What follows is the dialogue between the surgeon and thee nurse. In the movie this passage is excluded and is only condensed into one line. In dickens novel he suggests that the nurse is a drunk, talking about how she always has her “green bottle” up to her lips and smells of beer. In the novel the nurse talks about her own life and says “lord bless her dear heart, when she has lived as long as I have, sir and had thirteen children of her own, and all on’em dead except two, and them in the wurkus with me, she’ll know better than to take on in that way, bless her dear heart! ” (p. 8) Also, a passage excluded from the movie is how the nurse dressed baby Oliver. This is where Dickens goes on to hint at and explain that without the rags he could have been a noble child or a beggars child, but due to the rags he was dressed in he was automatically assigned to a life of poverty and branded an orphan. In the movie there is no hint that the Oliver could have come from a wealthy family other then the gold necklace his mother wore which was not announced in the book. Both the scene and the first chapter of the novel end with the same line “ Oliver cried lustily.

If he could have known that he was an orphan, left to the tender mercies of the churchwardens and overseers, perhaps he would have cried the louder” (p. 19). David Leans adaptation of the novel started with the input of his own style onto the writer’s novel. Lean preferred a much more fast passed moving story, and excluded much of Dickens lengthy dialogue. Dickens narratorial voice vanished as well along with any comical intent the author had. Lean, however touches upon many controversial topics, Setting the scene with dark alleyways and nooks and crannies symbolizing a postwar environment.

Along with that he also clearly has a strong anti-sematic influence with his character Fagin, who caused much controversy at the time. He uses many expressionist camera techniques point of view shots to help with Dickens grotesque. Much filmed on a sound stage and with false background, he gives the work a sense of melancholy. Cruikshank’s original illustrations were the inspiration for the films direction and were boosted into effect with the use of black and white cinematography and selected make up. In the beginning shots of the workhouse, Lean outlines a “reality. His direction here is objective, although there is a clear irony in the set and the grimy name of the workhouse. The carvings proclaiming, “God is Love” in the working halls of the workhouse are clearly a stab at the hypocrisy in Dickens’ novel. The clearest example of Lean’s cinemotographyis found in the opening sequence of the film. In the middle of a storm Oliver’s mother is clearly in labor and Lean with one swift moment on a country road in the midst of a sudden storm, Oliver’s mother begins to give birth to him.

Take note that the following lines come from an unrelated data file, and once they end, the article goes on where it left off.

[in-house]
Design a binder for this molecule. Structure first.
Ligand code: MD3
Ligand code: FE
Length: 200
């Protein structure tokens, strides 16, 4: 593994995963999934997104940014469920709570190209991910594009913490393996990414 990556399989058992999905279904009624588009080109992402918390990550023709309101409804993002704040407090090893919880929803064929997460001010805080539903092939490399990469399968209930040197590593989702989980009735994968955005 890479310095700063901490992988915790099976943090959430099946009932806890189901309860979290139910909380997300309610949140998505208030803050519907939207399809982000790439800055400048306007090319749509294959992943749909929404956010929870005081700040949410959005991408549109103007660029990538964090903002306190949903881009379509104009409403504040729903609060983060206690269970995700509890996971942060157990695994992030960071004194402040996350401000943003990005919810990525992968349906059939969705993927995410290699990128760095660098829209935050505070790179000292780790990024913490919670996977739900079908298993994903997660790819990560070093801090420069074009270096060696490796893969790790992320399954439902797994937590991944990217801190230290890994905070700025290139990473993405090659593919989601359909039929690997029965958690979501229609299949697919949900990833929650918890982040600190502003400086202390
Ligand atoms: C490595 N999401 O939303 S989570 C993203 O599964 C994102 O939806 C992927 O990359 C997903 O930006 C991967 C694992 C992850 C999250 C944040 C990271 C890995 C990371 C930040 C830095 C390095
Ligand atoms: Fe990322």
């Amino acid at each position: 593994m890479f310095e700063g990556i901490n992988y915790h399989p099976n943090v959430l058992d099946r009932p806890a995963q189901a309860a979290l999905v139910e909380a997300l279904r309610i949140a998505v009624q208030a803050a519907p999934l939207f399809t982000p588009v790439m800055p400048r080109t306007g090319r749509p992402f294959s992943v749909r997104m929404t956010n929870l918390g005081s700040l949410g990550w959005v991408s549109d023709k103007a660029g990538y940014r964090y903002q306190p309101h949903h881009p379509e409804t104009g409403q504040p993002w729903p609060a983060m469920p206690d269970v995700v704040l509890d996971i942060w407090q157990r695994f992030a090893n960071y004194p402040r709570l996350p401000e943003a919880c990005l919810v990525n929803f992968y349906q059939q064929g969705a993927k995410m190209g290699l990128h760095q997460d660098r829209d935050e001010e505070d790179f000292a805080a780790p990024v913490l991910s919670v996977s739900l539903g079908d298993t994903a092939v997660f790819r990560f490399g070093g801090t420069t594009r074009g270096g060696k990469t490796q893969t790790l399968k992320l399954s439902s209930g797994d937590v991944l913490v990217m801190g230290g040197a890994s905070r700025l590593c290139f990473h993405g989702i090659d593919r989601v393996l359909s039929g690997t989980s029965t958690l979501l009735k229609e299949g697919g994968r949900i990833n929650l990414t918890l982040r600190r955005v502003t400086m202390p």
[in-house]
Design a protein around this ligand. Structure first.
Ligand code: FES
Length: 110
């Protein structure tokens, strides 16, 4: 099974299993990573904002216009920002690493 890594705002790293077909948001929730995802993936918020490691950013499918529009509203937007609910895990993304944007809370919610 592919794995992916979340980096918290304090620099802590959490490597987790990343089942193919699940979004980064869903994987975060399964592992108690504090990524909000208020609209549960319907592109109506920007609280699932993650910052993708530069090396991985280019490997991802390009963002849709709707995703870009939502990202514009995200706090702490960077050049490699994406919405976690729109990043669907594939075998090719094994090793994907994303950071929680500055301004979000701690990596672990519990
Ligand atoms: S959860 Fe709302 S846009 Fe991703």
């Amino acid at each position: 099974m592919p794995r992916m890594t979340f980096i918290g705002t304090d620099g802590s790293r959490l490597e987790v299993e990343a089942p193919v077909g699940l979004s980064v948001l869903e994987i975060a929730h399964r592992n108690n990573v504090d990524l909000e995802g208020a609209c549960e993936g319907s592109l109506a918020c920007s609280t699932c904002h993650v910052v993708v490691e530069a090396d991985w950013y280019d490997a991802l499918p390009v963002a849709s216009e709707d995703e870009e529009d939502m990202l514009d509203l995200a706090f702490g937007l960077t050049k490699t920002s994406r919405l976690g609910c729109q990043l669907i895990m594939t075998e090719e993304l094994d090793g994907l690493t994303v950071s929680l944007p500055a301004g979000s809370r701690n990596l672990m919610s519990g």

In one travelling movement in, he tries to objectively record her physical reactions “a medium shot to medium close shot, her body arched, head tilted back, grimacing”. He uses lightening not only to add to the dramatic effect of the storm but also to symbolize her sudden pain and contractions. The branches also symbolize her pain, as they are sharp and bobbing Endlessly in the wind. Oliver Twist was Dickenson’s second novel and gained popularity very quickly. He mocks the hypocrisy of this time period by using dark humor and sarcasm, not always seen in the movie. Poverty is a very important and main subject in this novel.

Dickenson also uses a lot of symbolism, including the subject of good vs. evil, which is seen through out the novel. Dickenson is considered to be one of the greatest writers of the nineteenth century and his novel Oliver Twist remains a widely read and appreciated book. Lean’s adaptation of Dickens novel seems to not only highlight the original story but also give it a new light suitable for the time it was released in. although no movie or book are exactly alike, it seems as though Lean’s version of Oliver Twist remains to be a both adored and controversial movie worth not only watching but observing and understanding.

Post Author: admin